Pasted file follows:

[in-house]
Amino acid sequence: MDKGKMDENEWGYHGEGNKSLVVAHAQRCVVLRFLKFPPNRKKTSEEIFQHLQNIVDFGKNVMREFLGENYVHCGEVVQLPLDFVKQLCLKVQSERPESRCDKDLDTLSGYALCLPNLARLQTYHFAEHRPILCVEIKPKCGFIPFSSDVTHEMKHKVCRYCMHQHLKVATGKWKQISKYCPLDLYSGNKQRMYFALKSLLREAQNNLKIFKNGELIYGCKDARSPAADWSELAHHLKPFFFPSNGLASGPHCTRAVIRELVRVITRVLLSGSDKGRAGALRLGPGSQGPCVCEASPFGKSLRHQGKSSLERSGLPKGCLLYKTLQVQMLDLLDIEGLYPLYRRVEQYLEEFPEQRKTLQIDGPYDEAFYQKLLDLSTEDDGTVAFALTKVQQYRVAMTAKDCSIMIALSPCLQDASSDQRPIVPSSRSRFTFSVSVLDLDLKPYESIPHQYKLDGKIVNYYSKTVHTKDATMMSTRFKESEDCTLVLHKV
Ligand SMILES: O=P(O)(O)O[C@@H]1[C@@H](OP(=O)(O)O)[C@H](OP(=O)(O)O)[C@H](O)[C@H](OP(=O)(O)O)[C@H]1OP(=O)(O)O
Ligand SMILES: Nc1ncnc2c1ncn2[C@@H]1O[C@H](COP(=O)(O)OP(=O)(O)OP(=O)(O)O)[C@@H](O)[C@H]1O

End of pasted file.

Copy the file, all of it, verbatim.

[in-house]
Amino acid sequence: MDKGKMDENEWGYHGEGNKSLVVAHAQRCVVLRFLKFPPNRKKTSEEIFQHLQNIVDFGKNVMREFLGENYVHCGEVVQLPLDFVKQLCLKVQSERPESRCDKDLDTLSGYALCLPNLARLQTYHFAEHRPILCVEIKPKCGFIPFSSDVTHEMKHKVCRYCMHQHLKVATGKWKQISKYCPLDLYSGNKQRMYFALKSLLREAQNNLKIFKNGELIYGCKDARSPAADWSELAHHLKPFFFPSNGLASGPHCTRAVIRELVRVITRVLLSGSDKGRAGALRLGPGSQGPCVCEASPFGKSLRHQGKSSLERSGLPKGCLLYKTLQVQMLDLLDIEGLYPLYRRVEQYLEEFPEQRKTLQIDGPYDEAFYQKLLDLSTEDDGTVAFALTKVQQYRVAMTAKDCSIMIALSPCLQDASSDQRPIVPSSRSRFTFSVSVLDLDLKPYESIPHQYKLDGKIVNYYSKTVHTKDATMMSTRFKESEDCTLVLHKV
Ligand SMILES: O=P(O)(O)O[C@@H]1[C@@H](OP(=O)(O)O)[C@H](OP(=O)(O)O)[C@H](O)[C@H](OP(=O)(O)O)[C@H]1OP(=O)(O)O
Ligand SMILES: Nc1ncnc2c1ncn2[C@@H]1O[C@H](COP(=O)(O)OP(=O)(O)OP(=O)(O)O)[C@@H](O)[C@H]1O